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Chè means “sweet soup” in Vietnamese; it is a vast category encompassing usually savory foods like beans, rice, and grains, tied together with coconut milk. At Soall Vietnamese Bistro in Marblehead, chè turns up on the dessert menu—a miracle of tastes and textures in the competent hands of executive chef Rachel Miller, who was hired last fall to elevate the menu and service at the popular restaurant.

Sa Nguyen, who owns the restaurant with longtime friend Mia Lunt, says the Soall chè, which blends everything from Callebaut dark chocolate crisp pearls and adzuki beans to candied hibiscus petals and diced mango, perfectly encapsulates the restaurant’s new direction, evoking the flavors and textures of the Vietnamese original while elevating it and making it more approachable for American palates. “That’s Rachel’s magic,” Nguyen says. “She is able to put so many different flavors together and keep it light. Every bite is delicious.”


Shaking beef dish


The task of taking Soall from a casual neighborhood joint heavy on takeout to a creative destination restaurant with a vibrant interpretation of Vietnamese flavors is a dream job for Miller—and is also incredibly challenging. “I wanted the hardest job I could find in the best possible way,” says Miller, whose fine-dining pedigree includes Jason Bond’s Bondir locations and Ken Oringer’s much-missed Clio in Boston. 

Bringing the precision and discipline of a top restaurant into Soall’s admittedly homespun vibe is tricky. “It’s a merger of cultures on a lot of levels,” Miller says, noting that she has learned to expedite (ensure that all the stations in the kitchen are working together to get dishes out at the same time) in Vietnamese, working with a mix of longtime staffers and new hires. “We are here to achieve a higher standard.”


The New England seafood pho


Nguyen is the first to admit that she didn’t have a lot of experience running a restaurant kitchen when she opened five years ago, and that became more important when the restaurant expanded about a year ago, doubling in size. The original menu was based on the owners’ mothers’ recipes, and the classic pho remains unchanged. The broth simmers overnight and Nguyen comes in every morning to flavor it.

However, much of the new menu, which debuted early this year, was developed by Miller, much to the delight—and sometimes disappointment—of regulars, who miss everything from the old bowls (although, in fact, the serving size is the same) to the old menus (there are now more offerings, but shorter descriptions). Miller has changed over much of their sourcing to organic and local suppliers, and is working to marry Vietnamese flavors and techniques with proteins familiar on the North Shore.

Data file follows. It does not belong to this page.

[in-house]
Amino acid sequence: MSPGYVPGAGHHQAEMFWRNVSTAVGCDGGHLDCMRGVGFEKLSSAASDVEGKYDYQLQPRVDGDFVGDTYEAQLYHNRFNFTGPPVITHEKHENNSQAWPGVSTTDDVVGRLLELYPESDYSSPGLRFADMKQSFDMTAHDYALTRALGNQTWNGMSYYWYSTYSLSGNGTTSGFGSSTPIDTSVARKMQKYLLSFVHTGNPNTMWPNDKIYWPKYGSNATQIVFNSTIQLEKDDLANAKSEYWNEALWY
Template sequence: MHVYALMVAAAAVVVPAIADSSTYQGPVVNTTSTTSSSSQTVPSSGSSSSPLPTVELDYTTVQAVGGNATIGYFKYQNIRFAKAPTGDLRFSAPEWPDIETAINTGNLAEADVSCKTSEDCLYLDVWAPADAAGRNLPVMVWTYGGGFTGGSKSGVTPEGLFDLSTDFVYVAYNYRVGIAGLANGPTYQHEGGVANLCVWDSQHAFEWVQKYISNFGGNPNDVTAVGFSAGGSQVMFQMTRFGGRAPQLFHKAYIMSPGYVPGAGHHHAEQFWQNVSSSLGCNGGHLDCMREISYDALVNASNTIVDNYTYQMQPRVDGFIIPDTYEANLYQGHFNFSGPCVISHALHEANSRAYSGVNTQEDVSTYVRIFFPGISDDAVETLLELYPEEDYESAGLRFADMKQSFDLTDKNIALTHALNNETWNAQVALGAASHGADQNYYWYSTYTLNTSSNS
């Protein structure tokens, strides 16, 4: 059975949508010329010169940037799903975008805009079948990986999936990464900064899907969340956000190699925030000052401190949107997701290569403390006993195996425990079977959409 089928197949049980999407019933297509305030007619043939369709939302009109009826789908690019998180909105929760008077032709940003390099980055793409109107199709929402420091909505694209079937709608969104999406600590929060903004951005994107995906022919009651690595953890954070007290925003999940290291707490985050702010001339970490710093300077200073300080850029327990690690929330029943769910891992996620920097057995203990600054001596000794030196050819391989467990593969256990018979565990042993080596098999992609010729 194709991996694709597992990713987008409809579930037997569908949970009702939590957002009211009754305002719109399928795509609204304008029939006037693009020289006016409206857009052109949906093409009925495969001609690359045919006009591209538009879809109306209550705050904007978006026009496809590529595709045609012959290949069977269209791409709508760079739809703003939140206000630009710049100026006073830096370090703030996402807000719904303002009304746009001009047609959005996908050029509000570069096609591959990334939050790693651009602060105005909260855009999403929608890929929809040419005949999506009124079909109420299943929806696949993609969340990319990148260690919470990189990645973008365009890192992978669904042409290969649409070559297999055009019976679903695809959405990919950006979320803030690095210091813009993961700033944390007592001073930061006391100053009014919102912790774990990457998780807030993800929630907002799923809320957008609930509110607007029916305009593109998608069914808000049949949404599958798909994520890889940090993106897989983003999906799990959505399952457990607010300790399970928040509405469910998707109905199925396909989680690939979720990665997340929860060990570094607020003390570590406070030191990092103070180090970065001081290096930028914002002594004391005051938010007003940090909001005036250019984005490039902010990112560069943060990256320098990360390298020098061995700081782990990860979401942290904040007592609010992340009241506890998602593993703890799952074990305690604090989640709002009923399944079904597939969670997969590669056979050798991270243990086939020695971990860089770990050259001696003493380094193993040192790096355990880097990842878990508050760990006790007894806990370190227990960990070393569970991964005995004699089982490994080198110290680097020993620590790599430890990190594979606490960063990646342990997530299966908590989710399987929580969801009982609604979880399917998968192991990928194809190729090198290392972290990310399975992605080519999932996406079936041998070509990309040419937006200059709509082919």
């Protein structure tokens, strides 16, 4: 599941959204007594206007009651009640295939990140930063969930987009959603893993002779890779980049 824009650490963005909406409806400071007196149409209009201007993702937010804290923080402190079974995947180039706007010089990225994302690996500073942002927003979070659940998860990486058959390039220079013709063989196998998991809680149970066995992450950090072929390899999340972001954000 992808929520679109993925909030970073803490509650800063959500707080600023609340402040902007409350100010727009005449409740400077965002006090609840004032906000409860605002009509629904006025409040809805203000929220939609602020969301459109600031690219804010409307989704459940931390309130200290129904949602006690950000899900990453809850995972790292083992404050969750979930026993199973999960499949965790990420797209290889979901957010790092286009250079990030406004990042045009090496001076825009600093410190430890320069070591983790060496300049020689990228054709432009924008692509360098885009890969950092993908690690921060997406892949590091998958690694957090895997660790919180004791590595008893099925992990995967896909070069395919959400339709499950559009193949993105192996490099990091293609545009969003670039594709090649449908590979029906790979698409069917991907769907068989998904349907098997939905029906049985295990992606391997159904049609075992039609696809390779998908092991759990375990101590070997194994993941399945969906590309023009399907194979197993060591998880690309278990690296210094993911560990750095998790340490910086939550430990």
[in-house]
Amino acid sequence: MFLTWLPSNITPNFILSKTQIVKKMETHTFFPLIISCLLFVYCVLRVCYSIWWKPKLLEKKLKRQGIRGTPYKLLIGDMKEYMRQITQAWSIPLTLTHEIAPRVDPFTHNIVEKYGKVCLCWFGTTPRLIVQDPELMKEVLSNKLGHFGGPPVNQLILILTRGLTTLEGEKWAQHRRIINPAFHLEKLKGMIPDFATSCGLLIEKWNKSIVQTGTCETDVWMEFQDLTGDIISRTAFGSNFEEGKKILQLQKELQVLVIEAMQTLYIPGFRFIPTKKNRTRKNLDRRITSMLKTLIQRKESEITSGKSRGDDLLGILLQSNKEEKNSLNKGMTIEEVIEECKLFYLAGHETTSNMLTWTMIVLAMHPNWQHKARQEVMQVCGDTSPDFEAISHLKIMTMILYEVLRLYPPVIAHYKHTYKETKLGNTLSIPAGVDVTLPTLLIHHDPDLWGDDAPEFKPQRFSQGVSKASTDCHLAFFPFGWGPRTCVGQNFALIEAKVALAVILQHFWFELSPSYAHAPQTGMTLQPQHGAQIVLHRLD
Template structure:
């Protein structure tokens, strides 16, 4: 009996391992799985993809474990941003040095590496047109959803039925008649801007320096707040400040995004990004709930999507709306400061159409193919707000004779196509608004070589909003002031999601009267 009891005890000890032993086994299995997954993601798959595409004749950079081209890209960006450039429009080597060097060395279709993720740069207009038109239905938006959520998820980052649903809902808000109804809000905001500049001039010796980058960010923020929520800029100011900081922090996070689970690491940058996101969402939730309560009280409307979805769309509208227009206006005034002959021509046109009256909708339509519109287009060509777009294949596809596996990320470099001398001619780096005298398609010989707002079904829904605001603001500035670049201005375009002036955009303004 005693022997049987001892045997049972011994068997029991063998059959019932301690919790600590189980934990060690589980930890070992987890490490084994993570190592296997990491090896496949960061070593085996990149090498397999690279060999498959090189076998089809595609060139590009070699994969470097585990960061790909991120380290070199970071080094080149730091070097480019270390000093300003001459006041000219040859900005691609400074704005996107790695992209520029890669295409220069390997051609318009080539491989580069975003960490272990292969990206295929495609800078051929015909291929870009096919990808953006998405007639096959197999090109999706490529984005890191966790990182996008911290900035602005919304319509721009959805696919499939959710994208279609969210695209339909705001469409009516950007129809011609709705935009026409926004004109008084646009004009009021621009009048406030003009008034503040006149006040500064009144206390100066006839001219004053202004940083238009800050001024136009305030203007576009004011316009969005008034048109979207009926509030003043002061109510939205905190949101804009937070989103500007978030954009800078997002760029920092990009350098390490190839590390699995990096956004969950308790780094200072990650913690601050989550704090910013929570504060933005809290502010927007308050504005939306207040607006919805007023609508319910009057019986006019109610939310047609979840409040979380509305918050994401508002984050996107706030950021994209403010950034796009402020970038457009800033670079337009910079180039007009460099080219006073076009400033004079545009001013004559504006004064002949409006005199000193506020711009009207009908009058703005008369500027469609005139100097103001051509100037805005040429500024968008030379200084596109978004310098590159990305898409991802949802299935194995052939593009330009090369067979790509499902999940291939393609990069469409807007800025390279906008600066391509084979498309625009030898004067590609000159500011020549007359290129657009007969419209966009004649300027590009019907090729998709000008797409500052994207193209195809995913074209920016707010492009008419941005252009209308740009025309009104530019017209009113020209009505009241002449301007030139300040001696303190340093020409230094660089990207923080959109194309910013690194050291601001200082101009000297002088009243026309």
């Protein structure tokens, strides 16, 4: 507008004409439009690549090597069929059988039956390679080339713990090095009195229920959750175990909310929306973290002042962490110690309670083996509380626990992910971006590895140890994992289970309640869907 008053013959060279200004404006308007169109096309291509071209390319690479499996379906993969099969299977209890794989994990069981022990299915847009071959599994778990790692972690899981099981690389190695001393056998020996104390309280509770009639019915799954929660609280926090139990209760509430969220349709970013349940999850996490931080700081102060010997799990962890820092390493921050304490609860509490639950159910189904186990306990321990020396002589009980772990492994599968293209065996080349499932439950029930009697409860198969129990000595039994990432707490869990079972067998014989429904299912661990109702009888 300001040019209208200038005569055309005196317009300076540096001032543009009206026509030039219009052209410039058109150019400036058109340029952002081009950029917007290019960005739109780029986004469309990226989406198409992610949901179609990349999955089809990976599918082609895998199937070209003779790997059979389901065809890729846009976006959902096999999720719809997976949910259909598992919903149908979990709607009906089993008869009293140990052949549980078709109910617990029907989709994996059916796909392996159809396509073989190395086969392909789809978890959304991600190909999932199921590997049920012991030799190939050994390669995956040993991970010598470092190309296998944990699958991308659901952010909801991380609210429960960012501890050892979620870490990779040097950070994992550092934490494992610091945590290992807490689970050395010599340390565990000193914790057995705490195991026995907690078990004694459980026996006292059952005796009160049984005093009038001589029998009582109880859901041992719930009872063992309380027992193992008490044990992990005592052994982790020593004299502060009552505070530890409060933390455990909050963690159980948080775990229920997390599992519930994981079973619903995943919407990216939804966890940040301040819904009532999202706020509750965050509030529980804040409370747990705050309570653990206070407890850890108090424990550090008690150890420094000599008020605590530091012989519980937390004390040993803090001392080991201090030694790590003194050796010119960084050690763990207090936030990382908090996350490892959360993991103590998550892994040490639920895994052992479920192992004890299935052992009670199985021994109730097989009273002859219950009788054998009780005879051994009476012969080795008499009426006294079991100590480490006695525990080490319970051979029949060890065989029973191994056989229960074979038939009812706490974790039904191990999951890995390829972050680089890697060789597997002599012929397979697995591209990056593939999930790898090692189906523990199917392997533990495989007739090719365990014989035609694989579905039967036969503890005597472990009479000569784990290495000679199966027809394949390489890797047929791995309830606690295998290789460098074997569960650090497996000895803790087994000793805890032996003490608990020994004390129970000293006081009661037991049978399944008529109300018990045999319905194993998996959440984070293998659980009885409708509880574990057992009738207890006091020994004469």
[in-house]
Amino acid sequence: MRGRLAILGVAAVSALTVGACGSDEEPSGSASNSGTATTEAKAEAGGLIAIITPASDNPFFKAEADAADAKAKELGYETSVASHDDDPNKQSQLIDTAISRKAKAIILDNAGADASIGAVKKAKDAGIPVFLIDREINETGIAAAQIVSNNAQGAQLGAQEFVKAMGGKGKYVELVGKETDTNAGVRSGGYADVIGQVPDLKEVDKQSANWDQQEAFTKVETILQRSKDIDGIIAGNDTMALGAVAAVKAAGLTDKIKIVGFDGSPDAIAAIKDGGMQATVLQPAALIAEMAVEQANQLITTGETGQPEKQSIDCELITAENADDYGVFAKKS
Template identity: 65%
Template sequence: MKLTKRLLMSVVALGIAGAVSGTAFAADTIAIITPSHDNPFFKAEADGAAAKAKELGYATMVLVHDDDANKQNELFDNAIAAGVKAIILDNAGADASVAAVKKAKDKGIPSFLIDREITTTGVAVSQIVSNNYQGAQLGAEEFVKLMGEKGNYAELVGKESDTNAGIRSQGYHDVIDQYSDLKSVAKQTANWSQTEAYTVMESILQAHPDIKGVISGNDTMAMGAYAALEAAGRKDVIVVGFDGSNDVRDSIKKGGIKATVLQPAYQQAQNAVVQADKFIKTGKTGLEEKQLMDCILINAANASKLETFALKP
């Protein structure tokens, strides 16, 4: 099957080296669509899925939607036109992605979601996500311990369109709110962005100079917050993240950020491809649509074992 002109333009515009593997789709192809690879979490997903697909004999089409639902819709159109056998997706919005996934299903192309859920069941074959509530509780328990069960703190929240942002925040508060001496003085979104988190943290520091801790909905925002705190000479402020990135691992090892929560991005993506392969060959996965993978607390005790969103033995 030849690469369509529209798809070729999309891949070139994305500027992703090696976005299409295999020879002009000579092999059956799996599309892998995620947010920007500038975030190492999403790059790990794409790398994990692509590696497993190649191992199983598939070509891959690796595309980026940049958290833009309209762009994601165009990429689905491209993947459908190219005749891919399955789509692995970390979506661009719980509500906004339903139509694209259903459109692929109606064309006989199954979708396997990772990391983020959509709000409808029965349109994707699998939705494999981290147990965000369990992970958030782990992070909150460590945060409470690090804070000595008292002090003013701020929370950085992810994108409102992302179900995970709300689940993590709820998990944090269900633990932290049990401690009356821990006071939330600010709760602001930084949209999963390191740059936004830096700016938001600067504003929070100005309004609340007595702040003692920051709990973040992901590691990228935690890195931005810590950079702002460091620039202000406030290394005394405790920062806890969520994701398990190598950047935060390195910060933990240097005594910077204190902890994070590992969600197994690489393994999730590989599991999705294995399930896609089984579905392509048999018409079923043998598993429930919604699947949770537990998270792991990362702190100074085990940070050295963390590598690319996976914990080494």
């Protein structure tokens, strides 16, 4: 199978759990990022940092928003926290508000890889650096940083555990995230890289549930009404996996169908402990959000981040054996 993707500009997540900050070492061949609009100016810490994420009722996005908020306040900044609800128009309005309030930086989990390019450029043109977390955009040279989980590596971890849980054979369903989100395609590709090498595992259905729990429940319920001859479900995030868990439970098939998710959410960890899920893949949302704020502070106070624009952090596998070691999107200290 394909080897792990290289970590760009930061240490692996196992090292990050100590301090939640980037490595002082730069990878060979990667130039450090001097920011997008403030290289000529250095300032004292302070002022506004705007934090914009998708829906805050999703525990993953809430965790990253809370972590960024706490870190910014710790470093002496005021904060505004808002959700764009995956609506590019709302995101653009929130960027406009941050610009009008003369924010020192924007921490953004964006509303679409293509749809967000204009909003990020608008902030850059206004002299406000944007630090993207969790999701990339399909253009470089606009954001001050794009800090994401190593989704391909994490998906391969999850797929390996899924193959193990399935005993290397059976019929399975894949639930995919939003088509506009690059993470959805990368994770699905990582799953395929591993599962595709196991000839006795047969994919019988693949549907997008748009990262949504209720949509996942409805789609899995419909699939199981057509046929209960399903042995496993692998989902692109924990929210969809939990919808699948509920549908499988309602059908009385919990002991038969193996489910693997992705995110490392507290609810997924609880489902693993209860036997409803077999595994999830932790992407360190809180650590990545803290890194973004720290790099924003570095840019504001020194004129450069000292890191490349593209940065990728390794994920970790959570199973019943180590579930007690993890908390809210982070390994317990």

The ginger scallion lobster is a good example. While the name is a familiar Asian restaurant staple, Soall’s version is completely different, taking tender local lobster sautéed in a thick vinaigrette and making it into a sort of warm lobster salad, served atop a bed of watercress and fried lo mein noodles, which are a Vietnamese classic.

“Some dishes are super authentic and we don’t mess around with them, and others we can be creative with,” says Miller, whose popular side project, the pop-up Nightshade, has found a permanent home at Soall as well.



To pair drinks with the inventive cuisine, the owners brought in Sarah Marshall, whose background includes lauded Boston restaurants such as Frank McClelland’s L’Espalier and Barbara Lynch’s Butcher Shop, to craft a far-ranging wine list, with everything from a rosé of Gamay from the Loire Valley to a pinot gris from the Czech Republic—unusual for a North Shore Asian spot.

The creative list requires some hand-selling and education, as do some of the dishes, but customers are generally rewarded if they take a chance. For example, if someone is willing to try one order of the rock shrimp and sweet potato fritters or the grilled beef in betel leaves, each of which are sold by the piece, they are likely to order four more right away. “The clientele we have gained have been very supportive,“ Miller says. “It’s the same quality that people pay a lot more money for in Boston.”